Sunday, 11 August 2019

Summer Reading Challenge: Billy Liar

 John Schlesinger's 1963 film version of Billy Liar is a largely faithful adaptation of Keith Waterhouse's 1959 novel. The changes are minor, often done for the sake of condensing the narrative and adding moments that are alluded too in the novel but are filled out in the film. 
The major difference (spoilers!) is that in the novel Liz encourages Billy to go to London, but she herself is going to Doncaster.
The film does a wonderful job of capturing the atmosphere of the novel, the black and white cinematography perfectly highlights the bleakness of Billy's Yorkshire home, with its grim industrial town and its windswept moors.

Despite his incessant lying, Billy's fantasies and desire to escape from the mundanity of his life are  relatable, and the confusion his stories cause also create some rather humorous moments.

The youth of Billy and his friends, especially Liz, is contrasted by the overreaching hand of death that plays a subtle but prominent part in the story. Billy works at a funeral parlour, his fantasies about Ambrosia often involve wars, his Grandmother is ill, and passes away, even the songs sung at the pub are about dying. In contrast Billy plans peaceful futures with both Barbara and Liz, as all the while their Yorkshire home is being pulled down and modernised. The future is encroaching and Billy seems torn between longing for change and living in fear of it.

Both novel and film present Britain on the edge of this change. The free spirited 1960s are just around the corner. Julie Christie's portrayal of Liz in particular came to represent the 'it' girl of the moment, and Billy is like many young people of the time, torn between his desire for a more exciting life and his duties towards his family. The story also highlights an issue that would become more prominent as the decade went on-the generation gap. The continuous struggles, differences and alienation felt between the young towards their parents and vice versa. In a general sense the young embrace change but the older generation are resistant to it.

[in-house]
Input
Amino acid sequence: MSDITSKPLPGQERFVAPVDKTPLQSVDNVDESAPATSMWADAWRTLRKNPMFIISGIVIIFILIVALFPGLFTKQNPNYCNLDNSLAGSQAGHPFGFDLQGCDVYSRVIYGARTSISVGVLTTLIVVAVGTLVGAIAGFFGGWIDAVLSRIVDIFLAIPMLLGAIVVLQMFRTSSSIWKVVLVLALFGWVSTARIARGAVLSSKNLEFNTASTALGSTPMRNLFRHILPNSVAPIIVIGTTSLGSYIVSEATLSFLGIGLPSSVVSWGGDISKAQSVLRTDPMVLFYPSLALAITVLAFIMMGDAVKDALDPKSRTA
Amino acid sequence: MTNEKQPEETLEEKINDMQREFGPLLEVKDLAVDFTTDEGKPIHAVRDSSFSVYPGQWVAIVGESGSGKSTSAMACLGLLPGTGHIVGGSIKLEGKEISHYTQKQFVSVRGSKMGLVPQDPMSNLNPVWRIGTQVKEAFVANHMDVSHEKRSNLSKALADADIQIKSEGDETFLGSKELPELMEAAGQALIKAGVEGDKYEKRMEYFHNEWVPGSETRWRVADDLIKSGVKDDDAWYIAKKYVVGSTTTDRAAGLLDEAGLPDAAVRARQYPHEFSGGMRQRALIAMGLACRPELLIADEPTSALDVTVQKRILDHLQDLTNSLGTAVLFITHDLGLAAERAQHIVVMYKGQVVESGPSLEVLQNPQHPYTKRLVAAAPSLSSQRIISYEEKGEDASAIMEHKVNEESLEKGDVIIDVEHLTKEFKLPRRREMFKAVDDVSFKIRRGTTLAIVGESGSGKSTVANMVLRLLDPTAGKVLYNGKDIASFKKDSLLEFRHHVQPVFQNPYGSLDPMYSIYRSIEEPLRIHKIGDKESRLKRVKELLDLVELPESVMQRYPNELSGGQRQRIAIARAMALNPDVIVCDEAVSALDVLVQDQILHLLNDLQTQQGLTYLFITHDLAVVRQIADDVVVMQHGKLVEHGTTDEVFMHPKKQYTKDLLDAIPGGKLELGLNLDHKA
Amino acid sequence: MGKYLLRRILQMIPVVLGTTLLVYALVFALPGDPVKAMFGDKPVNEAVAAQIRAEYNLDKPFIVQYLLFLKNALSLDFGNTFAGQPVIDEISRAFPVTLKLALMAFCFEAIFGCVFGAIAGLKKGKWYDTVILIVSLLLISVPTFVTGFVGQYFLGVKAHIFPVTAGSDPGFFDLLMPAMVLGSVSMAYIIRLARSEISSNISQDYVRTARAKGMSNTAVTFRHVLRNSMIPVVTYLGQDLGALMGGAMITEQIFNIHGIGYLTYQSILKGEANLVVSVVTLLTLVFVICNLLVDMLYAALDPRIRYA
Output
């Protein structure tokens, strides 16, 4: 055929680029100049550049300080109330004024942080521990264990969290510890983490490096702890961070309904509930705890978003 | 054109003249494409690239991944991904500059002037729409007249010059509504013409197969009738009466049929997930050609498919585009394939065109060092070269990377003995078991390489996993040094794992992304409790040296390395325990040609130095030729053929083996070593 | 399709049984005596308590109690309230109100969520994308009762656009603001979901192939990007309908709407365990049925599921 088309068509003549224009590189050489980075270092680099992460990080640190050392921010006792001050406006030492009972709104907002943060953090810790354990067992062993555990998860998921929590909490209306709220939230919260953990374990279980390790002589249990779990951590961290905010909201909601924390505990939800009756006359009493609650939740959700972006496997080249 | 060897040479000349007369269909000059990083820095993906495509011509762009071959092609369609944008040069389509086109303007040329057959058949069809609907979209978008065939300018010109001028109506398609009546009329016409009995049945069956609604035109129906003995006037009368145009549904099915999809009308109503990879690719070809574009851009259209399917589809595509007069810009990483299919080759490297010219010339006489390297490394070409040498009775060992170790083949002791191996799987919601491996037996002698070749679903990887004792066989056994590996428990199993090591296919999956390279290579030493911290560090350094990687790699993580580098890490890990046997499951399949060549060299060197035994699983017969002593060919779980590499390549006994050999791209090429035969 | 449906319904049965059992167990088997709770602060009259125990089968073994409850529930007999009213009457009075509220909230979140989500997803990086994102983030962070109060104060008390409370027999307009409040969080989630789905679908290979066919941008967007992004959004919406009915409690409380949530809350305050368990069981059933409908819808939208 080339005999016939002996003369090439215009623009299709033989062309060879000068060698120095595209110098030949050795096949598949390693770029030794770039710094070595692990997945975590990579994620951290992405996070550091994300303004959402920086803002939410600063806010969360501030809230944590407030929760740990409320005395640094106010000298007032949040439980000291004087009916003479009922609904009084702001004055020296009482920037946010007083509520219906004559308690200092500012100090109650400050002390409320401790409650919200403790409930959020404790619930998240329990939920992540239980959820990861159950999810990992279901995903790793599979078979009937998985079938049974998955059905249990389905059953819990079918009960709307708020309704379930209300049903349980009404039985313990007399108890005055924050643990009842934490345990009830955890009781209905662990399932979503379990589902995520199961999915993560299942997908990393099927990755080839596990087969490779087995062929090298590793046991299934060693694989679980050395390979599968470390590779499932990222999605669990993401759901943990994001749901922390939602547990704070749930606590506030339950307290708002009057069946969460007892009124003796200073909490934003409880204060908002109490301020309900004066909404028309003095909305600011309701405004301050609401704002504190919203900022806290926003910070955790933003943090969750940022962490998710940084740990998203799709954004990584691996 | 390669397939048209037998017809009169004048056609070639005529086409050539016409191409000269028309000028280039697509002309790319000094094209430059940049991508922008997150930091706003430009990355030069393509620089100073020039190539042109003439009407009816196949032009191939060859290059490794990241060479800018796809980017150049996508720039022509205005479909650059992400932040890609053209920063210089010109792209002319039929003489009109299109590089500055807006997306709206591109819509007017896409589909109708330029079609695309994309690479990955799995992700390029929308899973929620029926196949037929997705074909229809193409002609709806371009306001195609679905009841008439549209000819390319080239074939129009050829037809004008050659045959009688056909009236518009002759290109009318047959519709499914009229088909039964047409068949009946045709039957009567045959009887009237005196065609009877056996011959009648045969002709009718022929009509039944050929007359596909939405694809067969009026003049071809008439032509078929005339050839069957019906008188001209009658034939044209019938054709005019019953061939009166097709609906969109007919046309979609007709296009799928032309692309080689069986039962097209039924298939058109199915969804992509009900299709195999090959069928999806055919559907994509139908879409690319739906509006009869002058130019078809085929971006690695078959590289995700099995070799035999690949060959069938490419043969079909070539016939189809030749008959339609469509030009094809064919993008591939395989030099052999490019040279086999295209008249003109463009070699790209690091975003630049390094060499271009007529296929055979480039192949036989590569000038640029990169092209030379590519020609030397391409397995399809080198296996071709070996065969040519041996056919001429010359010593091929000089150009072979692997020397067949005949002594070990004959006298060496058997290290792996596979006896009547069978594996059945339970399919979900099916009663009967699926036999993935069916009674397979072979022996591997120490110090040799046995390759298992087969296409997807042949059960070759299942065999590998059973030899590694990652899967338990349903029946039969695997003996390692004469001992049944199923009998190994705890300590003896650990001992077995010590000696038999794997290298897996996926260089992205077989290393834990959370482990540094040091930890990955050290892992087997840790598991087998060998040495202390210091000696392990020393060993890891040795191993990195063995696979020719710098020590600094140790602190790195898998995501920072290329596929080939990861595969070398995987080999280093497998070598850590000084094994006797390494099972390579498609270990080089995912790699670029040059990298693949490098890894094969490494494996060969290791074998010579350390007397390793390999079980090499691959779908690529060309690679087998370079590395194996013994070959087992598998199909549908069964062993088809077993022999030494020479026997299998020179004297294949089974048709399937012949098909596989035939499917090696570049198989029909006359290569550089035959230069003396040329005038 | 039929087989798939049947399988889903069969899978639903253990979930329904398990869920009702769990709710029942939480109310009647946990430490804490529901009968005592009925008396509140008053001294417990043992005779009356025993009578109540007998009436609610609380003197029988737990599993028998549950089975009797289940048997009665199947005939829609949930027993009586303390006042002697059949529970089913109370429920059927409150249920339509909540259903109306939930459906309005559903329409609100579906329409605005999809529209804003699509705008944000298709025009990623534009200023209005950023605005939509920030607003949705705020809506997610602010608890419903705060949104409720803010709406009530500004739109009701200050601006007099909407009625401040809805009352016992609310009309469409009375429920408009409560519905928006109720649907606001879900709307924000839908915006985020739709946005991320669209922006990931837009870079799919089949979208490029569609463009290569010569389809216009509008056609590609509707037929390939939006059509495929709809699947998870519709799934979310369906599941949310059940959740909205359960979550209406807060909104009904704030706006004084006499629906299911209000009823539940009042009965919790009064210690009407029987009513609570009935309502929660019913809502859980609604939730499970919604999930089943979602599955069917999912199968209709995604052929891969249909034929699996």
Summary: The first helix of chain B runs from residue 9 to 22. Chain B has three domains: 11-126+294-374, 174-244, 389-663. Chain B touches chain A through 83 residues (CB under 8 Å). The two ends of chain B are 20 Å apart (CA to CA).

As the novel closes it is hard not to want Billy to make his escape, but realistically we know he has to sort out his problems. His final decision is sensible, if disappointing to our sense of adventure, though it is somehow heartening to know that he retains his vivid imagination.
Billy Liar is a humorous and poignant story, and I really recommend both novel and film.

"I had a feeling, one that I wanted to keep. It was a feeling of peace and melancholy" p. 93

"I was amazed and intrigued that they should all be content to be nobody but themselves" p. 112

"I wish it was something you could tear up and start again. Life I mean. You know like starting a new page in an exercise book." p. 144

"What I'd like is to be invisible...You know, to do everything without people knowing, and not having to worry about them, not having to explain all the time." p. 151

1 comment:

  1. Thank you for your review! I watched Billy Liar a few years back. Worth revisiting.


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